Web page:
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Posts Tagged ‘ubuntu’

creating a Python 3 virt. env. on Ubuntu

Problem
Python 3 on Ubuntu is sometimes a total mess. I wanted to create a Python 3 virt. env., but I got this error:

$ virtualenv -p python3 venv
Running virtualenv with interpreter /usr/bin/python3
Traceback (most recent call last):
  File "/usr/local/lib/python2.7/dist-packages/virtualenv.py", line 8, in 
    import base64
  File "/usr/lib/python3.4/base64.py", line 9, in 
    import re
  File "/usr/lib/python3.4/re.py", line 324, in 
    import copyreg
  File "/usr/local/lib/python2.7/dist-packages/copyreg.py", line 3, in 
    from copy_reg import *
ImportError: No module named 'copy_reg'
Error in sys.excepthook:
Traceback (most recent call last):
  File "/usr/lib/python3/dist-packages/apport_python_hook.py", line 53, in apport_excepthook
    if not enabled():
  File "/usr/lib/python3/dist-packages/apport_python_hook.py", line 24, in enabled
    import re
  File "/usr/lib/python3.4/re.py", line 324, in 
    import copyreg
  File "/usr/local/lib/python2.7/dist-packages/copyreg.py", line 3, in 
    from copy_reg import *
ImportError: No module named 'copy_reg'

Original exception was:
Traceback (most recent call last):
  File "/usr/local/lib/python2.7/dist-packages/virtualenv.py", line 8, in 
    import base64
  File "/usr/lib/python3.4/base64.py", line 9, in 
    import re
  File "/usr/lib/python3.4/re.py", line 324, in 
    import copyreg
  File "/usr/local/lib/python2.7/dist-packages/copyreg.py", line 3, in 
    from copy_reg import *
ImportError: No module named 'copy_reg'

Awesome! :(

Solution
I found a working solution here. The following command let me create a Python 3 virt. env.:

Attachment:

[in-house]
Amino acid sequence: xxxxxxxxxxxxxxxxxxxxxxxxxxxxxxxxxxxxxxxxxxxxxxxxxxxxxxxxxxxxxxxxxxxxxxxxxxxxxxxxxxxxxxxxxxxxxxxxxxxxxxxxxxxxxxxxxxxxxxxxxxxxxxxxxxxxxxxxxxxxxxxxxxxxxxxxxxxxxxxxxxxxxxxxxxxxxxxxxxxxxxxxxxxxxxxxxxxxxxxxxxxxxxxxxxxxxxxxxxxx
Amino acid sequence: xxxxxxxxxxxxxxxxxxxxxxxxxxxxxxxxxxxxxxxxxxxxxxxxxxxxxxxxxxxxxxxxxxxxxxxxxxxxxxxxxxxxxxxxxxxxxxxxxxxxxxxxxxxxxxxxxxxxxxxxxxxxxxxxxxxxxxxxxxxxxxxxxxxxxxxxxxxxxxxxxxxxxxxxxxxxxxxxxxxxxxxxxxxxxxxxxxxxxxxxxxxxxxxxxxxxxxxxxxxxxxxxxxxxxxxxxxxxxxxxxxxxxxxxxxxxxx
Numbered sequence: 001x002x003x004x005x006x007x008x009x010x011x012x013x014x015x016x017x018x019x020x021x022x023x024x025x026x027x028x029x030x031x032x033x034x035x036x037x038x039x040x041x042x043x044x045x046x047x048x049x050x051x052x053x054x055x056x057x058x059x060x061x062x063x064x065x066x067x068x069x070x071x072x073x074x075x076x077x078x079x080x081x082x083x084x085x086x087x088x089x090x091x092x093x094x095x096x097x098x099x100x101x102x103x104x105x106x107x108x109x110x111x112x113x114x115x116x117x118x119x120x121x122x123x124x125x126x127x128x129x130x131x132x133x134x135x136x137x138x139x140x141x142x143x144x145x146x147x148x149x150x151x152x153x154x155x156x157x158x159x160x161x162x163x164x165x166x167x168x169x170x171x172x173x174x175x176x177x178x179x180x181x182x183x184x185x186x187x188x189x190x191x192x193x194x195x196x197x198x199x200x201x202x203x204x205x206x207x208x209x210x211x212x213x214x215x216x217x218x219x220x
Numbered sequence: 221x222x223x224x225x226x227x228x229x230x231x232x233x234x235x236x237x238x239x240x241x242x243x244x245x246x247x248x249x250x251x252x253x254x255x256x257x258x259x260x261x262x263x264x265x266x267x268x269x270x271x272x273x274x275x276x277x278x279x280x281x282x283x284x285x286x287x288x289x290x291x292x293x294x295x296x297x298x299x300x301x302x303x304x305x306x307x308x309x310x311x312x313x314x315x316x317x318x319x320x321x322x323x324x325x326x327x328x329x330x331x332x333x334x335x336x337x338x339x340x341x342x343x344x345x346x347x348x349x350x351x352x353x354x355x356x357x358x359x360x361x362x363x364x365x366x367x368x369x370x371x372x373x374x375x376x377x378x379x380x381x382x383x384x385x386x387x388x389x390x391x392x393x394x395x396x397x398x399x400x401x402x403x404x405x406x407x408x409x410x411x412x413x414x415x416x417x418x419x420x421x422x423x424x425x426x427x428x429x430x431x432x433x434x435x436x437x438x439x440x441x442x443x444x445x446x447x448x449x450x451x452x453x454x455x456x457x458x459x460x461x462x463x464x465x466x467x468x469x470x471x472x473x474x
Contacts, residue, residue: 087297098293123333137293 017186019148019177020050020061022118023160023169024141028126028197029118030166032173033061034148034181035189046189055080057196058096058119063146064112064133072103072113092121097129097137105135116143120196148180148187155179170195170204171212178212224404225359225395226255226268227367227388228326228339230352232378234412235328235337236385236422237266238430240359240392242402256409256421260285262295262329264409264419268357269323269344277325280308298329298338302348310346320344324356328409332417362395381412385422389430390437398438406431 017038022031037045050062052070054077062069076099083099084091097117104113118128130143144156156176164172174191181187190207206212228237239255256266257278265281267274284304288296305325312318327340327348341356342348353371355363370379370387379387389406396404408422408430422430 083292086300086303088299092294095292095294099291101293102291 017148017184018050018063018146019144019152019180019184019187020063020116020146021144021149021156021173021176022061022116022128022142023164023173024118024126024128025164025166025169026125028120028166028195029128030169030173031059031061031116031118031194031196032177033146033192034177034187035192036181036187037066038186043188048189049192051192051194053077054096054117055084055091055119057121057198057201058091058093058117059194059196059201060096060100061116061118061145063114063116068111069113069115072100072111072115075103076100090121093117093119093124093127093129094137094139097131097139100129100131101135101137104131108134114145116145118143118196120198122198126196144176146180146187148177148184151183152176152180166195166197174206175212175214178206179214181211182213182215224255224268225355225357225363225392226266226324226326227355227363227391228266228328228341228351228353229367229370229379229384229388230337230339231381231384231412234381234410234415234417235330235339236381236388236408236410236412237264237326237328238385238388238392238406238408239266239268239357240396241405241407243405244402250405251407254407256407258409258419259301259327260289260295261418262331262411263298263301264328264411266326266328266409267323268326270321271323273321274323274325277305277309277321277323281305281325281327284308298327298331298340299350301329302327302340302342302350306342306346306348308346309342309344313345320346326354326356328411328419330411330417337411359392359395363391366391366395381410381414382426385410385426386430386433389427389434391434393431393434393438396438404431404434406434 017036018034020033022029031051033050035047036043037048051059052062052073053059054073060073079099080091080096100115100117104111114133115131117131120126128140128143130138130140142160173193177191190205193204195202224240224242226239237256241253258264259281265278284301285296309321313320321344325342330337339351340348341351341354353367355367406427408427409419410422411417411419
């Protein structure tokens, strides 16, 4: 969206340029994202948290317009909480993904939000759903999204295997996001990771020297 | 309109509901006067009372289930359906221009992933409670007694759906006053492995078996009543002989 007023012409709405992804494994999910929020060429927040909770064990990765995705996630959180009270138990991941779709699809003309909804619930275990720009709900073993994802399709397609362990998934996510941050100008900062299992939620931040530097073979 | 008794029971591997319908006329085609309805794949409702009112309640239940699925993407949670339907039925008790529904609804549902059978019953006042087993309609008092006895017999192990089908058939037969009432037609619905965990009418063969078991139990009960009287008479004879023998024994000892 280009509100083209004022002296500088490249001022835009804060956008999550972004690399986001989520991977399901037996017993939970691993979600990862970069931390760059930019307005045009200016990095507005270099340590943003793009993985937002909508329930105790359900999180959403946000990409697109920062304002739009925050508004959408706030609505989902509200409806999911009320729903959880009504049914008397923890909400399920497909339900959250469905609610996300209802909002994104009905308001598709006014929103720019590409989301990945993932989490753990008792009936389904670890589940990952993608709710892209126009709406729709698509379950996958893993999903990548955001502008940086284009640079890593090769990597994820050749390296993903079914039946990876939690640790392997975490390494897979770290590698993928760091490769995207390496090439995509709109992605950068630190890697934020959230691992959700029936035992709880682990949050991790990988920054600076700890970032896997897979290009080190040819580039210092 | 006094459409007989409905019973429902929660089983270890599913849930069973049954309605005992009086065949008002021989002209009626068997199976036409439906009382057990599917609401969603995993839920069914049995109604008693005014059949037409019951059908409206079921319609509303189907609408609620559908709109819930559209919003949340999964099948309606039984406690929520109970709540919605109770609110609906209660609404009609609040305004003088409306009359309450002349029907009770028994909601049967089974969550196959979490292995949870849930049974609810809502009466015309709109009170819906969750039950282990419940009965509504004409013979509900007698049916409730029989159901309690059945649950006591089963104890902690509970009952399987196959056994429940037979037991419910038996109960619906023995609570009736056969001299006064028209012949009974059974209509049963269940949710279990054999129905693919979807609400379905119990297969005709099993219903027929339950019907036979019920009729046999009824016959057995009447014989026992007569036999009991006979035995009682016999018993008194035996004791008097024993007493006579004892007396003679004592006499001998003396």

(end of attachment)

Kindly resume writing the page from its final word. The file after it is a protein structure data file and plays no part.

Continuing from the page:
python3 -c 'import sys; del sys.argv[0]; s = sys.argv[0]; exec(open(s).read(), {"__file__": s, "__name__": "__main__"})' `which virtualenv` -p python3 venv 

Life on Arch / Manjaro is easier. There Python 3 has been the default for years.

Install Python 3.2 and/or Python 2.5 on Ubuntu 11.04

September 5, 2011 Leave a comment

Update (20121120): Google App Engine supports Python 2.7 so there is no need any more to install Python 2.5. I consider this post outdated.

Chad Lung has a nice post on installing Python 3.2 from source on Ubuntu 11.04. The future versions of Ubuntu will come with Python 3, so maybe it’s a good time to start to discover Python 3 a bit.

Notes

The package “python3.2” exists in the Ubuntu repositories but it’s not up-to-date. If you want the latest version of Python, you’ll have to install it from source.

If you install Python 3.2 from source, make sure to install it with “./configure; make; sudo make altinstall“, where the emphasis is on altinstall. This way Python 3.2 will be installed next to your existing 2.x version(s), so your system won’t be messed up.

To figure out your exact Python version, you can do this:

>>> import sys
>>> print(sys.version_info[:])
(3, 2, 0, 'final', 0)

Install Python 2.5 (update, 20110926)

Edit (20111112): Google App Engine now supports Python 2.7! At the moment it’s experimental but it works. So it’s very likely you don’t need Python 2.5 at all.

I wanted to try Google App Engline but it runs on Python 2.5 on the production servers at Google. So it’s better to test your applications locally with Python 2.5 too, otherwise there is a good chance that you develop something that runs fine on your machine but breaks at Google.

So, how to install Python 2.5 keeping the newer Python versions too? I tried the method that I described above with version 3.2 but “make” failed. But in this post I found a PPA from where you can install Python 2.5 easily. Steps to follow:

sudo add-apt-repository ppa:fkrull/deadsnakes
sudo apt-get update
sudo apt-get install python2.5

Now if you want to use Python 2.5, just modify the first line of your scripts:

#!/usr/bin/env python2.5

Update: I figured out how to compile 2.5 from source. “make” produced the following error message: “/usr/include/sqlite3.h: version 3.7.4”. After “configure”, open Makefile and edit this line:

# before:
# LDFLAGS=
# after:
LDFLAGS= -L/usr/lib/i386-linux-gnu

After this compilation was done successfully with “make”. This tip is from here.

Linux: Python text-to-speech

September 2, 2011 Leave a comment

This is the Linux version of this post.

#!/usr/bin/env python

import os
from time import sleep

text = "text to speak"

cmd = 'espeak "{0}" 2>/dev/null'.format(text)
os.system(cmd)
sleep(1)
os.system(cmd)

Links
Mac OS X “say” command in Ubuntu?

Categories: python Tags: , ,